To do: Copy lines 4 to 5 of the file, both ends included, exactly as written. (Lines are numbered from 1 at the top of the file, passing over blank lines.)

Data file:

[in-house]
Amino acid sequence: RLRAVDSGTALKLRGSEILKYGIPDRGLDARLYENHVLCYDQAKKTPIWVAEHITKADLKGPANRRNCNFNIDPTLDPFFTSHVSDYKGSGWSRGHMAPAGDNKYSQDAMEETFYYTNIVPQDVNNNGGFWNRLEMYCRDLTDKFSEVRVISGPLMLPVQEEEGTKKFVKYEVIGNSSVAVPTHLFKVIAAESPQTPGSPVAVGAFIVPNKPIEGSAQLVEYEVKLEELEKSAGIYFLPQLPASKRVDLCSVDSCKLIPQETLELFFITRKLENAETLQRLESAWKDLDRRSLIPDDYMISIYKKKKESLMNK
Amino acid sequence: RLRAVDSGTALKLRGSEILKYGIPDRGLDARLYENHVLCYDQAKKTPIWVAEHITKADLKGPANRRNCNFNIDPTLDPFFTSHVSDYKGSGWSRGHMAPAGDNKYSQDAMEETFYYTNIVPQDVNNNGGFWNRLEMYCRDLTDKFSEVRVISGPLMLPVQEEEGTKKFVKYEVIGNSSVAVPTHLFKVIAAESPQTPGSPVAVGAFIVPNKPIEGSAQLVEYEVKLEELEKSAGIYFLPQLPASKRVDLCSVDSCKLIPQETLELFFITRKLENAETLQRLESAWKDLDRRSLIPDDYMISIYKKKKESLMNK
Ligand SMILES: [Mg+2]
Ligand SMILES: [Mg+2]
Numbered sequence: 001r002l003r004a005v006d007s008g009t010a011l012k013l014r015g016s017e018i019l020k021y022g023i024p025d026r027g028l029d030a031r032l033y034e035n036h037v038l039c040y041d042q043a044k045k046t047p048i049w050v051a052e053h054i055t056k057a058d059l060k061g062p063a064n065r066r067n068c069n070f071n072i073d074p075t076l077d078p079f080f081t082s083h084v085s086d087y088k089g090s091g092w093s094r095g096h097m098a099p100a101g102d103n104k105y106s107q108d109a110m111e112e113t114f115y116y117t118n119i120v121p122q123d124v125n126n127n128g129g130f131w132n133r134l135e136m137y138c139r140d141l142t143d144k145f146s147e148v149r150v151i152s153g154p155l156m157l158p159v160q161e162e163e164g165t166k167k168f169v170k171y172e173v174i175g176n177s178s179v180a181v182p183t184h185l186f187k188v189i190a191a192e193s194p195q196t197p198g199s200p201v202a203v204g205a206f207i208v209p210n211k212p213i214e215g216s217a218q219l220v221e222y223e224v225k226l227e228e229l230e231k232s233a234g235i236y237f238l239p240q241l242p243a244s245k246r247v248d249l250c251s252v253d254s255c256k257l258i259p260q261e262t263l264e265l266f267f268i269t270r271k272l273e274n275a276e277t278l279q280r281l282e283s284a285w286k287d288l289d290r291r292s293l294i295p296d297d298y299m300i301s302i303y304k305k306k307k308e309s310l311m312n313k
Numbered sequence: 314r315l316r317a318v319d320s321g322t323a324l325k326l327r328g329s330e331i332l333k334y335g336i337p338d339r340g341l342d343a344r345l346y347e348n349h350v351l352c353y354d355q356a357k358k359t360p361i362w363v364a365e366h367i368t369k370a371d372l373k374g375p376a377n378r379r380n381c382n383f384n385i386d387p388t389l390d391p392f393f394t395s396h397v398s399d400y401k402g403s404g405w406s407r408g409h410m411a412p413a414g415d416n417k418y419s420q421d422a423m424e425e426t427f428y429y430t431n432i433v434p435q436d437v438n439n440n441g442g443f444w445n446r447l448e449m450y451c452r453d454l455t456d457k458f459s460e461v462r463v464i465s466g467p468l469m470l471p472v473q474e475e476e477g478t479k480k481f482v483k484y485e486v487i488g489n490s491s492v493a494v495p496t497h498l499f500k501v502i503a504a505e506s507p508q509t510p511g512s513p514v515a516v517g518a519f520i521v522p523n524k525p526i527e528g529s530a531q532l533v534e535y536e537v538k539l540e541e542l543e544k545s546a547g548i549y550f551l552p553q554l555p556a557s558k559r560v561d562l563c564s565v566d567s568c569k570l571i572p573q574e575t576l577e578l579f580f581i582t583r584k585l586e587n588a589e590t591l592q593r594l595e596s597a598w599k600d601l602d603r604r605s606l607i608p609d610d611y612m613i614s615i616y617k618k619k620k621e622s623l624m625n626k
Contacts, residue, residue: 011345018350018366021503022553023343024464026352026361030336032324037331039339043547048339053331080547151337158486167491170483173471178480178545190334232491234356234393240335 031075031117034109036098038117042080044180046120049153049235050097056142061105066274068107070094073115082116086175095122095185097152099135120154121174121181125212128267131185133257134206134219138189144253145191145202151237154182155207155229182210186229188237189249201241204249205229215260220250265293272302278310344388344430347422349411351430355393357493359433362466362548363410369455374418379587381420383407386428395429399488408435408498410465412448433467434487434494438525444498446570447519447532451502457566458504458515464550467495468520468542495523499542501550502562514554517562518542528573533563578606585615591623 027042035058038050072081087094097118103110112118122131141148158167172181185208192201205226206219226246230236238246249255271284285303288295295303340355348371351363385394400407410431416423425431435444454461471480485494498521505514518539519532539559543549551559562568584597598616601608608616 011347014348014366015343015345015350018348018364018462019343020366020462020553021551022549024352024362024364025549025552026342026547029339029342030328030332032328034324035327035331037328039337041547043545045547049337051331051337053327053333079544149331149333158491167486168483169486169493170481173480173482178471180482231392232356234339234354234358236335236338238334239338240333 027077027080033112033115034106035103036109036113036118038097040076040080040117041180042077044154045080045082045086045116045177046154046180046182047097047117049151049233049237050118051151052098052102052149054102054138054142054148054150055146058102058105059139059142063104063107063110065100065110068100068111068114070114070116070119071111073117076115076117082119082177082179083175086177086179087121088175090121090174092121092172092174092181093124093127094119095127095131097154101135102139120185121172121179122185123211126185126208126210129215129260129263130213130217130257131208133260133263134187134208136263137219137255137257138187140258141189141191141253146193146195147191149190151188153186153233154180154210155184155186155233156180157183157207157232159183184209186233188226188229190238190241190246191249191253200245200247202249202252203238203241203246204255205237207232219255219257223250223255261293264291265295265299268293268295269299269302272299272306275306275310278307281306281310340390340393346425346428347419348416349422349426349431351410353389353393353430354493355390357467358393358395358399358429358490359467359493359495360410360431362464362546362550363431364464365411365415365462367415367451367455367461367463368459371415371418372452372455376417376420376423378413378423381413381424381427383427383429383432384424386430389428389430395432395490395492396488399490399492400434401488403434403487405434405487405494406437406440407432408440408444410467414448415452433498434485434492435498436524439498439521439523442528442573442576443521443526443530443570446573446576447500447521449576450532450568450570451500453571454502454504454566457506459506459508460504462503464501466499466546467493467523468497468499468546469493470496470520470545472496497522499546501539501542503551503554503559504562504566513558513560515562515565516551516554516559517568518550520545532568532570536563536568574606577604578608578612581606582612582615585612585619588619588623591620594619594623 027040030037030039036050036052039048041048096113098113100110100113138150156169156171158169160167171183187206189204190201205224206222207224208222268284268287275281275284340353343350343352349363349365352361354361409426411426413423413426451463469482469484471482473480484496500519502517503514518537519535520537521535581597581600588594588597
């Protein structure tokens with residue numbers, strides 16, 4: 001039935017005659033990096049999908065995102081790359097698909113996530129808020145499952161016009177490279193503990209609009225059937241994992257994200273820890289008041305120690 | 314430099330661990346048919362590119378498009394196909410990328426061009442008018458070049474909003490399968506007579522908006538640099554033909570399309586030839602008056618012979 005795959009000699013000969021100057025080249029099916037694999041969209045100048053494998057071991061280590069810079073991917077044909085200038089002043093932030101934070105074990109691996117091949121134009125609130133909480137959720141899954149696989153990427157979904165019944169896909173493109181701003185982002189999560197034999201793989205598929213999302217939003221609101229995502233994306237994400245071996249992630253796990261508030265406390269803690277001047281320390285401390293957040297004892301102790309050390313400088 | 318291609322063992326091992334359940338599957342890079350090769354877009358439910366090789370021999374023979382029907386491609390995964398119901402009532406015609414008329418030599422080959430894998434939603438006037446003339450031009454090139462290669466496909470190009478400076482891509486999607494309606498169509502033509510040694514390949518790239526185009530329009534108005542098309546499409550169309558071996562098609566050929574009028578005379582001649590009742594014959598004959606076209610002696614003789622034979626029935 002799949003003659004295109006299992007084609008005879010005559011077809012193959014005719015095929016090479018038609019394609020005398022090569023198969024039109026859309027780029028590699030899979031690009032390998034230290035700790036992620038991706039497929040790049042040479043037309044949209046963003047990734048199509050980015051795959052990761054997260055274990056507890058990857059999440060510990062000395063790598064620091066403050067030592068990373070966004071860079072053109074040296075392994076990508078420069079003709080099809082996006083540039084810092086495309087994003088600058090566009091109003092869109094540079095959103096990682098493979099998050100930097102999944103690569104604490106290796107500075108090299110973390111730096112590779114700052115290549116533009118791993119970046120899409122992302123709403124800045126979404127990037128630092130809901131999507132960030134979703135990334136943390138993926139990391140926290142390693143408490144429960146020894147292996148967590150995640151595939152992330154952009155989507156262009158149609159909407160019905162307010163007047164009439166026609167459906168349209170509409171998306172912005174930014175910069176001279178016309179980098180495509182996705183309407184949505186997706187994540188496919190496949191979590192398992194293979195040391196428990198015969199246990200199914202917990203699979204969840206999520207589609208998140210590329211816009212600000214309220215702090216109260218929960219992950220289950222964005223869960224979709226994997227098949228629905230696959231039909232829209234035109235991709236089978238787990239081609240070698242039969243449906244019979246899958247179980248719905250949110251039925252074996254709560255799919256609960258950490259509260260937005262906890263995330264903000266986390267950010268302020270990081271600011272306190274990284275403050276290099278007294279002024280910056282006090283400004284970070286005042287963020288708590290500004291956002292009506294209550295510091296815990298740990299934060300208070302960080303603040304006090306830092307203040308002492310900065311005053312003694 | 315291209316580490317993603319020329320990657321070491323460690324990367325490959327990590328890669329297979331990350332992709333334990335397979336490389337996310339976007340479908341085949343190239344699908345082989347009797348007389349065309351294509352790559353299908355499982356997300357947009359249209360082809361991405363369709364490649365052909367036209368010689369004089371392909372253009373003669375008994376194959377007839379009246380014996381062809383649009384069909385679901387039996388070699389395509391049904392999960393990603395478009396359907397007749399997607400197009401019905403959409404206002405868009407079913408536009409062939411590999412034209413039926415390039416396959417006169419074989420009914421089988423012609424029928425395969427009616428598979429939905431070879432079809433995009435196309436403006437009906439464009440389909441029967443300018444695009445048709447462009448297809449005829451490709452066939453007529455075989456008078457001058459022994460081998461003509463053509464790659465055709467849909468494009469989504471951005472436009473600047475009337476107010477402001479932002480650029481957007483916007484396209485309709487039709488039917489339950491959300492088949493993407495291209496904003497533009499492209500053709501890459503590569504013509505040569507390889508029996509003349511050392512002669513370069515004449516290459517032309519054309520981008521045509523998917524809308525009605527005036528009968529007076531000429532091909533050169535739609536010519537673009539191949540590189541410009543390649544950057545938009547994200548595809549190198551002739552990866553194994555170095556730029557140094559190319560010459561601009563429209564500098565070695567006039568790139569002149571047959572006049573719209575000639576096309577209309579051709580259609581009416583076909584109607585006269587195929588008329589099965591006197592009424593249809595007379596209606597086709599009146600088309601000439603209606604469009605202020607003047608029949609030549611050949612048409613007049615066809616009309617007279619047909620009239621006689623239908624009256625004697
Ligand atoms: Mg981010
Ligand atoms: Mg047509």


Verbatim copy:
Ligand SMILES: [Mg+2]
Ligand SMILES: [Mg+2]